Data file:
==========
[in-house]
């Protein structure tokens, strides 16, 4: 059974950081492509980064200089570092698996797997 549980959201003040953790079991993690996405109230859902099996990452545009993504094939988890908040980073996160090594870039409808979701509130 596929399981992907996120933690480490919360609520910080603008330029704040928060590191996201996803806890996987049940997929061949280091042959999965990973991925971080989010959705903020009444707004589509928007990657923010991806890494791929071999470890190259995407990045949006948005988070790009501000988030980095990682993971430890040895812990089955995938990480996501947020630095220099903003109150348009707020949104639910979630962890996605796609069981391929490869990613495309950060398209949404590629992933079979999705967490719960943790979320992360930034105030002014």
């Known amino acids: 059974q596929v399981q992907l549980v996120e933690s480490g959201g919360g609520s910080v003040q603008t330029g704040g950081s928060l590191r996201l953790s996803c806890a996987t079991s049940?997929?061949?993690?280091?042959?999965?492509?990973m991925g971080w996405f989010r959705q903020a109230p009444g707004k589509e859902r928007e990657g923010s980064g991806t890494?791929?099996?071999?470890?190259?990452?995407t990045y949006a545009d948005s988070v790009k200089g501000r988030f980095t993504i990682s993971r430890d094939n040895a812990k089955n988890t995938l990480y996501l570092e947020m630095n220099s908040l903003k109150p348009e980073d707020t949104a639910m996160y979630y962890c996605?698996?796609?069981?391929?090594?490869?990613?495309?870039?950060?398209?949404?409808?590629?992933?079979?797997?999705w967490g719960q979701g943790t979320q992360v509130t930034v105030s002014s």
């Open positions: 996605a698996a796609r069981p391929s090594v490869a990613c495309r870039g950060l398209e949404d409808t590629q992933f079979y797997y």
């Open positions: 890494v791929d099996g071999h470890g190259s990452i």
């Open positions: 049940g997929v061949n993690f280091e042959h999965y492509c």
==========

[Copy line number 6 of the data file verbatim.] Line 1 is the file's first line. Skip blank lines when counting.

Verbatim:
């Open positions: 049940g997929v061949n993690f280091e042959h999965y492509c």